The Intelligencer April 10, 1916 (page 7)
“Soldiers’ Friends. One of the largest and most faithful organizations in connection with the needs of the soldiers in the city is the Women’s Patriotic and Red Cross Association. There is no membership fee required, all that is required is a faithful heart, willingness to work and a little enthusiasm. This organization has been splendidly maintained. …
There are 30 circles in the city all having some color as their badge. One connected with the Y.M.C.A. is called the ‘Green and White Circle,’ and Mrs. Mark Sprague is the convenor of this circle. There is a healthy rivalry between these circles and the magnificent work they have been doing can be appreciated when people know it costs about $100.00 a week for wool used for socks, and they have already delivered to the soldiers 8,000 pairs.
The funds are getting low and they need the support of the citizens. One of the ways in which they have raised funds is by holding teas under the auspices of the different circles. On Thursday last, Mrs. O’Flynn, Bridge St. East, threw open her home for the use of the ‘Green & White Circle’ and not only was an enjoyable time spent by the ladies and gentlemen who were present, but a nice sum was donated in assistance of the work.
The house was tastefully decorated with green and white flowers throughout. At the door, under the charge of Miss Davis and Miss Dillingham, on an oak stand stood a plate, which commemorated the Jubilee of Queen Victoria, and which had been presented to Mrs. O’Flynn at that time. It was quite appropriate and the guests deposited their donations on this plate. The net returns of the tea were $45.00. …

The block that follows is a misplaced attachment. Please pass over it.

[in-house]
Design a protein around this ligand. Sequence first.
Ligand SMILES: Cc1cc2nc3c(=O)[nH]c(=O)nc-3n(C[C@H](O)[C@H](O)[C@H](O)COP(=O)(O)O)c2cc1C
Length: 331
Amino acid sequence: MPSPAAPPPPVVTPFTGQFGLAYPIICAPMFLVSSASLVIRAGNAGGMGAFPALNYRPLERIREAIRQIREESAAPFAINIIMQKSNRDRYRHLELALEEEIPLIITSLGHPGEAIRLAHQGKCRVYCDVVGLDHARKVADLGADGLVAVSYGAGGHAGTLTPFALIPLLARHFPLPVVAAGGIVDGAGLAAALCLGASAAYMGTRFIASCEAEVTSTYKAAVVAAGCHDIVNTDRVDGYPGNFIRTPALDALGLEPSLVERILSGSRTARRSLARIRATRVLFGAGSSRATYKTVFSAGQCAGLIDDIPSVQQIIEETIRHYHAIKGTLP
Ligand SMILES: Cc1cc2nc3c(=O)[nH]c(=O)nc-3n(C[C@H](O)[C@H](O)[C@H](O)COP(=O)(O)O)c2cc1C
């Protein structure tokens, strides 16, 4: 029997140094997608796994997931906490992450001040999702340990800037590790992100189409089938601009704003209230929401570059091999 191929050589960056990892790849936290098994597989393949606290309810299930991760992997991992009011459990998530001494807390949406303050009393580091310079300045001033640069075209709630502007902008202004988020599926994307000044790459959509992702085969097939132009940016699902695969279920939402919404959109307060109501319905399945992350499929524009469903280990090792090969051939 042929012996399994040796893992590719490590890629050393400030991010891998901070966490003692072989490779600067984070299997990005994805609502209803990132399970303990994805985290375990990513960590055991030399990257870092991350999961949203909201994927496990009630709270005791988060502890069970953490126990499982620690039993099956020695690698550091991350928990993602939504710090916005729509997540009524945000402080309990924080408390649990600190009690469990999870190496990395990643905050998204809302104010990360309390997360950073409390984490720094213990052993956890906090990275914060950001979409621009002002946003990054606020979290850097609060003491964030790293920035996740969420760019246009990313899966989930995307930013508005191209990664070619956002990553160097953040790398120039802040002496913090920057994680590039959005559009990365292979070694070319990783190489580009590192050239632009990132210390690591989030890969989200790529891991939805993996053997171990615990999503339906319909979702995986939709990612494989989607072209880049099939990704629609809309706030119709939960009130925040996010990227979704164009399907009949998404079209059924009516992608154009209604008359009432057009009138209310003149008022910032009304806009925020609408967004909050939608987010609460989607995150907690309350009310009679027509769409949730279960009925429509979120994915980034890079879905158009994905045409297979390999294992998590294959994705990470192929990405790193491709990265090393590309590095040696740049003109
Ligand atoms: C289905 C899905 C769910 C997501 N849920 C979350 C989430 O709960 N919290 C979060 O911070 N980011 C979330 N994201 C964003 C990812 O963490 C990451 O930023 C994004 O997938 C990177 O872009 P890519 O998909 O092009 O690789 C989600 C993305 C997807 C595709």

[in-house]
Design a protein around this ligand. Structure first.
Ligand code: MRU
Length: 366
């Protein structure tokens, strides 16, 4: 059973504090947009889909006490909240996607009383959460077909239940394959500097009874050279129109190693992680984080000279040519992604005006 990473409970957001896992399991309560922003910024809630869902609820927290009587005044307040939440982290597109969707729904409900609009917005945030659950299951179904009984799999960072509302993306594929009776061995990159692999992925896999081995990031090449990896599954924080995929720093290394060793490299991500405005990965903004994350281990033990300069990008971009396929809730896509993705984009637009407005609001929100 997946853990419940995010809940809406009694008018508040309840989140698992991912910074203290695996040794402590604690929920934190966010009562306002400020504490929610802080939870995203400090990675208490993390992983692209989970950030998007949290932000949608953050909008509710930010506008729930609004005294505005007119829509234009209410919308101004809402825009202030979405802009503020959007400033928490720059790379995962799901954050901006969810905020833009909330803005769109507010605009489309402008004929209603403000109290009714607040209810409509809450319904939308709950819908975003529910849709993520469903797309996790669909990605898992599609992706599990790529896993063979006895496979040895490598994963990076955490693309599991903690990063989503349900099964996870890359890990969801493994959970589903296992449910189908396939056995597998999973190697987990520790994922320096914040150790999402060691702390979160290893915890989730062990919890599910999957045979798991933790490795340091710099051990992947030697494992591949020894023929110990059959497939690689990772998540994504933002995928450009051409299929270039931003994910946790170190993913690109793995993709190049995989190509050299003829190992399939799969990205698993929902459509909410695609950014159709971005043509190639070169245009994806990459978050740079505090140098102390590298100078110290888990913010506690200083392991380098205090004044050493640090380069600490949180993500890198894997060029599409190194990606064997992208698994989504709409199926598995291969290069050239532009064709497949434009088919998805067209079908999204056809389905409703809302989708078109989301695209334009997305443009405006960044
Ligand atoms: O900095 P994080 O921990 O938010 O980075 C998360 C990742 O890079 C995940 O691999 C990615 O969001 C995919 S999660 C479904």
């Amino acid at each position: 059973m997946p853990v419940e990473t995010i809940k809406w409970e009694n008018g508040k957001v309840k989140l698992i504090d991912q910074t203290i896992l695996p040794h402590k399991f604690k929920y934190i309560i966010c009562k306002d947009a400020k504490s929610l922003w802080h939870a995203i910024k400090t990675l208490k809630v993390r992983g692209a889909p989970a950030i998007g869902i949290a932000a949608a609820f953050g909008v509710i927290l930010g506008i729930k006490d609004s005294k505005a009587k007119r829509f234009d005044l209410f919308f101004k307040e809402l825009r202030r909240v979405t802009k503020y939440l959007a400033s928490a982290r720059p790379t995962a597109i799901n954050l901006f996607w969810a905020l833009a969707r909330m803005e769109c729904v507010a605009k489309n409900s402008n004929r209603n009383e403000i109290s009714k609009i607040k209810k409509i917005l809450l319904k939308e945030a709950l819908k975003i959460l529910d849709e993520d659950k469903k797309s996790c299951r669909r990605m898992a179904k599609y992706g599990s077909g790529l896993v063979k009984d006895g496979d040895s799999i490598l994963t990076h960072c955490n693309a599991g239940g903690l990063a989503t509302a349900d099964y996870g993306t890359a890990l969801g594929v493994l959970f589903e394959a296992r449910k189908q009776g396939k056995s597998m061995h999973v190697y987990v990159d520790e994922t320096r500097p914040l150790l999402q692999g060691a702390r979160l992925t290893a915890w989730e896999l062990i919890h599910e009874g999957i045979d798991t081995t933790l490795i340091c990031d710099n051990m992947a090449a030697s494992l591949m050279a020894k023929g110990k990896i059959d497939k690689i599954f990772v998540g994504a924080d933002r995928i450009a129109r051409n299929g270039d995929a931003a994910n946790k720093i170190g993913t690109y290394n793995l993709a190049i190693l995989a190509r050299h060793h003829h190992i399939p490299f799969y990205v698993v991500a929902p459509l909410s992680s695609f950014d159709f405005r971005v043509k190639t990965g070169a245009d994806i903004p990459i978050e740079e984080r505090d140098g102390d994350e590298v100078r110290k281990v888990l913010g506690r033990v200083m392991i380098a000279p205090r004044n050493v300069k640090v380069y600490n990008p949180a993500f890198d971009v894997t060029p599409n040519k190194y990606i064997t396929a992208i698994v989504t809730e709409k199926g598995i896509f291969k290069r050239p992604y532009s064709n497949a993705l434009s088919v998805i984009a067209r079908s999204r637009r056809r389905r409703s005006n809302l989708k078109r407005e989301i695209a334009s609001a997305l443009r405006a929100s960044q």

The 155th Batt., through the kindness of Col. Adams, dispensed beautiful music throughout the afternoon from four to seven o’clock. A large number were present and the scene was not only an interesting one but enlivened by the charming presence of a large number of Belleville’s ladies with a sprinkling of gentlemen, and these with the flags, green and white, and the oak panelling of the reception room, enlivened by the lighting, made the scene one of the prettiest that could be found throughout the country. …
It is to be hoped that the people in the city will see to it that the ladies are not restricted in their splendid work for want of funds and we mention this believing an intimation of this kind to the public will find a ready response. We congratulate the ladies on their splendid work.”
The Intelligencer April 10, 1916 (page 8)
“Production and Thrift. The Call of Empire Comes Again in 1916 to Canadian Farmers, Dairymen, Fruit Growers, Gardeners. What Is Needed? These in Particular—Wheat, Oats, Hay, Beef, Pork, Bacon, Cheese, Eggs, Butter, Poultry, Canned Fruits, Fruit Jams, Sugar, Honey, Wool, Flax Fibre, Beans, Peas, Dried Vegetables.
We must feed ourselves; feed our soldiers, and help feed the Allies. The need is greater in 1916 than it was in 1915. The difficulties are greater, the task is heavier, the need is more urgent, the call to patriotism is louder—therefore be thrifty and produce to the limit.
‘The Agricultural War Book for 1916’ is now in the press. To be had from The Publications Branch, Department of Agriculture, Ottawa. The Government of Canada. The Department of Agriculture. The Department of Finance.”